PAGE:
This year, however, we’re lucky. This year, we get to experience the start of the 2011-12 Cleveland Cavaliers season. Things get started at 7:00 at The Q against the Toronto Raptors and I can’t remember the last time I felt this much excitement at starting what will probably be a losing season. I’ve already discussed my general thoughts on the season as a whole, and in that some of the things I’m excited about this season independent of wins and losses. Now it’s time to think about the opening game.
Last season the Cavaliers attempted to take LeBron’s leftovers and pass them off as a Thanksgiving feast. The results were mostly disastrous and created an emotionally difficult season for fans. But buried in all the bad memories were some really good things. The team learned a lot of hard lessons last year, and for those on the team who lived through it, those lessons were the first step of rebuilding.
And rebuilding is what this season is finally about. And that rebuilding will be done block by block, one game at a time. Tonight’s game against the Raptors is that first step, and that’s the main source for my excitement for this season. As of right now, this year’s Cavaliers are a blank slate. A mixture of unanswered questions and unmolded clay. It’s time to start answering those questions tonight.
The Cavaliers will debut a starting lineup of Kyrie Irving, Anthony Parker, Omri Casspi, Antawn Jamison, and Anderson Varejao. The bench rotation will likely feature Ramon Sessions, Daniel Gibson, Alonzo Gee, Tristan Thompson, and some combination of Ryan Hollins and/or Samardo Samuels. One X Factor in terms of minutes will be Christian Eyenga. I’m not clear yet on how he will find minutes if Gee is Coach Scott’s preferred backup at SF. Can Eyenga cut into Gibson’s minutes at SG or Gee’s minutes at SF? I’m curious to see how that plays out.
The Toronto Raptors are a team that is actually pretty similar to the Cavaliers in a lot of ways. They are a team trying to recover from losing their franchise player in Chris Bosh. They feature a mixture of veterans with young players they are trying to evaluate. Much like the Cavaliers, they are team sure to have more losing nights than winning nights this season, but for them, what’s much more important is the level of improvement they find in their on court schemes and play and the development of young players like DeMar DeRozan and Ed Davis.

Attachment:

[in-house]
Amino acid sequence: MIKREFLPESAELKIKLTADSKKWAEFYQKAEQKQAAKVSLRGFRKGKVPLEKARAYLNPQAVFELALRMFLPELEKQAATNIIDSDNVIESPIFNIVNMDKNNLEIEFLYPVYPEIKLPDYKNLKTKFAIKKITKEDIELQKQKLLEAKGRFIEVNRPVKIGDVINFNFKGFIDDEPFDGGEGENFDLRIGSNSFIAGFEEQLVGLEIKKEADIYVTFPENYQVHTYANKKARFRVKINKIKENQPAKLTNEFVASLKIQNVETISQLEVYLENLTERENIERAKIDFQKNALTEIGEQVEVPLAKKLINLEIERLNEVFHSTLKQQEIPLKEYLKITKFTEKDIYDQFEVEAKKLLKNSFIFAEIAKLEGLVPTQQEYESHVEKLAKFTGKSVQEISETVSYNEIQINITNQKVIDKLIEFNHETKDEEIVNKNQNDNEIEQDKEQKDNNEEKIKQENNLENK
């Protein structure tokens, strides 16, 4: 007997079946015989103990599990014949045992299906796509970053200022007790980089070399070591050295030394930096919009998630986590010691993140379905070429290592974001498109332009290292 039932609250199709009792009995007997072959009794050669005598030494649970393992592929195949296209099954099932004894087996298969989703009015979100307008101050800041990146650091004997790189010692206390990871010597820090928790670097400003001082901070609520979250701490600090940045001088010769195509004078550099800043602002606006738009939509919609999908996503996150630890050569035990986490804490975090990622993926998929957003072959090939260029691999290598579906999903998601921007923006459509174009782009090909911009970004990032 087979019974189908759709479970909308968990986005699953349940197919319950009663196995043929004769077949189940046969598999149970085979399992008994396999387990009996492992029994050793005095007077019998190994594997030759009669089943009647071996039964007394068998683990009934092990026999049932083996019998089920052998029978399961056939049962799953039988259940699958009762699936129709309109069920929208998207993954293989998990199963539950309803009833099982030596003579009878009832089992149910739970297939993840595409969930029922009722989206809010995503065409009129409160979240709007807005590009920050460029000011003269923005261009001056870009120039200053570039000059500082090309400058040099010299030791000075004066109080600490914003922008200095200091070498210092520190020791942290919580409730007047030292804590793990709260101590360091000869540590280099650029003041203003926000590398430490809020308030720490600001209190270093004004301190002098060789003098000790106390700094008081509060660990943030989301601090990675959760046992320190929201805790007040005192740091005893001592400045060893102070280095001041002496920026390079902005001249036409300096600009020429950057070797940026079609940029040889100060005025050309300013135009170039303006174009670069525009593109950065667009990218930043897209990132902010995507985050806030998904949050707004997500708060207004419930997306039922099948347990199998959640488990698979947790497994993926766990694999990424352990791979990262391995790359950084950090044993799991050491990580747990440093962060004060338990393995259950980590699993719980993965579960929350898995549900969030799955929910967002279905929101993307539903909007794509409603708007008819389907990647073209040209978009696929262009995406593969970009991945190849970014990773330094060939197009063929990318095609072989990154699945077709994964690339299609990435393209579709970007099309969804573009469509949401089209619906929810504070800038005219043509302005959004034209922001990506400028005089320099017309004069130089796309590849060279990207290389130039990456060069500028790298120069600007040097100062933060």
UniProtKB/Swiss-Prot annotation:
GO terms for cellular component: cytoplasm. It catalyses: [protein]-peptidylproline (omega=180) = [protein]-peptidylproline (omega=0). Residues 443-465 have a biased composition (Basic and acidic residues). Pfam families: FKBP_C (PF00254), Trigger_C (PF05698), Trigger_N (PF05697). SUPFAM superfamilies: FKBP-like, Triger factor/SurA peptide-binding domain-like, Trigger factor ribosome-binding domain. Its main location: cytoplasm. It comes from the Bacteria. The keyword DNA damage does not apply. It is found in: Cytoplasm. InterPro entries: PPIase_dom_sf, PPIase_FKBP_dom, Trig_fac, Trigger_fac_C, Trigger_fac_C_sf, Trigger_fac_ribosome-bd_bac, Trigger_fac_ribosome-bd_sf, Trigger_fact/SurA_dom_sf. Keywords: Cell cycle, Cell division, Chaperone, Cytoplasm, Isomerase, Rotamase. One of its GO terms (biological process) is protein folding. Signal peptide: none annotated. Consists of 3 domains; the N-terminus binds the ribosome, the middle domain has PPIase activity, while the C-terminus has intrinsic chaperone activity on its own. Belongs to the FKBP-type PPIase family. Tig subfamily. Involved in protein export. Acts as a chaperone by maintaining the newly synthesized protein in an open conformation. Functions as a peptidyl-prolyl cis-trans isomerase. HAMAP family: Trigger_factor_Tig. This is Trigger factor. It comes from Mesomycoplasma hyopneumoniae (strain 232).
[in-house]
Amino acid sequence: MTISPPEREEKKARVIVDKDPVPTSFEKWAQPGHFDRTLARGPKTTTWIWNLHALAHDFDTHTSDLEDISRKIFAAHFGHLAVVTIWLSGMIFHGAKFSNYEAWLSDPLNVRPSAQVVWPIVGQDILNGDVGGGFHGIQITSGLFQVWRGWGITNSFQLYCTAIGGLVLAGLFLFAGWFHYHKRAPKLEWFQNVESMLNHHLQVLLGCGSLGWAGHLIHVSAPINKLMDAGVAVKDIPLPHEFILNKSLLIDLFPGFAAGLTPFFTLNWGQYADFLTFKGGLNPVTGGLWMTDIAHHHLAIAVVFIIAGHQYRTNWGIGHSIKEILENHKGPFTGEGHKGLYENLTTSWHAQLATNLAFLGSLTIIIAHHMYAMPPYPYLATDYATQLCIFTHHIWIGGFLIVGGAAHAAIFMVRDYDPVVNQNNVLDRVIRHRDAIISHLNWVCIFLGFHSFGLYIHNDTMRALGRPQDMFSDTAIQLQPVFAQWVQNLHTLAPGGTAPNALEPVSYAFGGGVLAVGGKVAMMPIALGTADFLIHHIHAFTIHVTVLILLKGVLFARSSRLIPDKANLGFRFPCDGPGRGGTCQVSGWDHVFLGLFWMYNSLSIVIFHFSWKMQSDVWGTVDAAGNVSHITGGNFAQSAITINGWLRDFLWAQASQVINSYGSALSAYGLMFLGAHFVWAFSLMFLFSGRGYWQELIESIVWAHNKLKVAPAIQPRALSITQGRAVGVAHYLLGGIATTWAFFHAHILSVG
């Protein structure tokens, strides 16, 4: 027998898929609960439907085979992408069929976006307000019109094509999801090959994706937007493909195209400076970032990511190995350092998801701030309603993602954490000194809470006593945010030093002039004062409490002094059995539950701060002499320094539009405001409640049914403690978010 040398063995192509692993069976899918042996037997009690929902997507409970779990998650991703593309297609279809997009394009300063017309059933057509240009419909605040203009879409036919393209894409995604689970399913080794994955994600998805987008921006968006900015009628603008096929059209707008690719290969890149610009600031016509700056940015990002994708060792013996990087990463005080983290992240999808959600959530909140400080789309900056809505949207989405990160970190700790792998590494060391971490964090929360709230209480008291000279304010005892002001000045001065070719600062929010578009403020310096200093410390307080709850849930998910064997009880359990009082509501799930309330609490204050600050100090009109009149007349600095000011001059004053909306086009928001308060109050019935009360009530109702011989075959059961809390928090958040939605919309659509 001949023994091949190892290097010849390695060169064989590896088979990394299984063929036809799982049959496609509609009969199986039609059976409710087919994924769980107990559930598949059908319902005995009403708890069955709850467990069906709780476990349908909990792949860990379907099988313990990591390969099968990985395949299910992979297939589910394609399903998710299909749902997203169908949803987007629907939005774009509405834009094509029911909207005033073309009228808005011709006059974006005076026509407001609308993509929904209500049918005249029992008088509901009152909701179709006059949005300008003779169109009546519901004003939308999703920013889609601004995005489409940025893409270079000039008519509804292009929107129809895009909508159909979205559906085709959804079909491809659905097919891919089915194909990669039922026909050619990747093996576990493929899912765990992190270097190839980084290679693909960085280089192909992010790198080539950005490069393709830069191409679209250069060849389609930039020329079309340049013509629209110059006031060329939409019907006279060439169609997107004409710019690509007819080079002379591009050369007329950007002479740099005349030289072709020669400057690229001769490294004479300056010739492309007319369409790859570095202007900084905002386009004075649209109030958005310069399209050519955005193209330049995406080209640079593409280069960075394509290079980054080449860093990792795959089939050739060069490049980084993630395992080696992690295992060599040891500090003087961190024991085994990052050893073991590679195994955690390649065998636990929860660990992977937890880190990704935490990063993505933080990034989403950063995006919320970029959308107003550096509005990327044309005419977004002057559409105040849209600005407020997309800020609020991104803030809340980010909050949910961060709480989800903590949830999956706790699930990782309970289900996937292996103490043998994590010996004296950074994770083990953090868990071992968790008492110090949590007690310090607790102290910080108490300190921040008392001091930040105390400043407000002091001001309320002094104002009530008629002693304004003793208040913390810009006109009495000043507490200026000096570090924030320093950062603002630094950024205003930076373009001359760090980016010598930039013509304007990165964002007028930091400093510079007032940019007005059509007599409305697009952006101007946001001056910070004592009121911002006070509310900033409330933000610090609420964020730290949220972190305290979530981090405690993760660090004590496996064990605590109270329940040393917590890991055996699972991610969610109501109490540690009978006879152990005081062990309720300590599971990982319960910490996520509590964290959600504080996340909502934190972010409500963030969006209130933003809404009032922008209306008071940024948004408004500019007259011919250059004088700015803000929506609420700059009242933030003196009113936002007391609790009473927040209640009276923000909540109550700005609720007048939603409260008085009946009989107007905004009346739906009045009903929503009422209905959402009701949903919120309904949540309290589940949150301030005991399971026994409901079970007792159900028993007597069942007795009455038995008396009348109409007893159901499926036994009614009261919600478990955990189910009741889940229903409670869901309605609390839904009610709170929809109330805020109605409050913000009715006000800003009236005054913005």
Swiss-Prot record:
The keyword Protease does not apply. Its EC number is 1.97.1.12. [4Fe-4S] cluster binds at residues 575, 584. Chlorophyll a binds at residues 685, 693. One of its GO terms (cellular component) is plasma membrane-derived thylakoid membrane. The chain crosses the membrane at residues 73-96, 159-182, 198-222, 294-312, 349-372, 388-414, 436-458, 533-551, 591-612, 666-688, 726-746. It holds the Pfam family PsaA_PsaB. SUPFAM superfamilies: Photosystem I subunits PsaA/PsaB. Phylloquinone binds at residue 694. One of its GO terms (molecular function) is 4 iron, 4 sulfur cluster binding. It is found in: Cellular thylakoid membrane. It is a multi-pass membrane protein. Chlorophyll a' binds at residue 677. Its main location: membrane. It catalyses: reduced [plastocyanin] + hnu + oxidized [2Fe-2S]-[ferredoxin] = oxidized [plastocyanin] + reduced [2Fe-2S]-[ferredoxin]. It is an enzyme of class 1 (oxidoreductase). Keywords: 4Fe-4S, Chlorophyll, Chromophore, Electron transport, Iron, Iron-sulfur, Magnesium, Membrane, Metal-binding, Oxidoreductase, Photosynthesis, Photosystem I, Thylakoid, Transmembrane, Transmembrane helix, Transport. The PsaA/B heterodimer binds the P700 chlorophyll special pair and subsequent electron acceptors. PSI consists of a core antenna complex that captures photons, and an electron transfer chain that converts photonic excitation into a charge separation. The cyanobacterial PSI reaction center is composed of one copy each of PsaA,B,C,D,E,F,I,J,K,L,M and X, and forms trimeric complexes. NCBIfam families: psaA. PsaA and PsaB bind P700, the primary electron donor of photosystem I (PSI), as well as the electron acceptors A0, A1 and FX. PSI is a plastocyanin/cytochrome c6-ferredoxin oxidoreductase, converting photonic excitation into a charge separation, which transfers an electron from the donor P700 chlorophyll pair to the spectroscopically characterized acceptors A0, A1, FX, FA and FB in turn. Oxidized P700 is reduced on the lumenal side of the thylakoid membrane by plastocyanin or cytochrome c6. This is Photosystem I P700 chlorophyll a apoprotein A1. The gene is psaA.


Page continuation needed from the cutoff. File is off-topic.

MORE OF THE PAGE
First year head coach Dwane Casey will bring to The Q a starting lineup of Jose Calderon, DeMar DeRozan, James Johnson, Andrea Bargnani, and Jamaal Magloire. Bench players for the Raptors include Jerryd Bayless, Ed Davis, Leandro Barbosa, and Aaron Gray.
The Raptors were one of the worst defensive teams in the league last season, and Casey has promised to make defense a focal point for the team this year. The Raptors showed some defensive promise in their preseason matchups with the Celtics. The question for them will be whether it carries over into the regular season.
For the Cavaliers, both sides of the ball need vast improvement. A huge turnaround in game one shouldn’t be expected, and there will definitely be some rust and some jitters, but that doesn’t mean the team can’t show some signs of life in this game against Toronto. Having Varejao back will help on defense, and adding Casspi and Irving on offense should help.
It’s next to impossible to predict a score or outcome for this game. It shouldn’t seem as though it doesn’t matter, either. A win would (obviously) be a great start to the season a great confidence builder. Byron Scott’s teams have always shown massive improvements in his 2nd year at the helm. Cleveland is a much different circumstance from the Hornets and Nets, however, and the lockout certainly didn’t help. First and foremost, a win may be what everyone is rooting for, but beyond that, everyone should be looking for signs of the future and points of optimism for what is to come for the future of this franchise.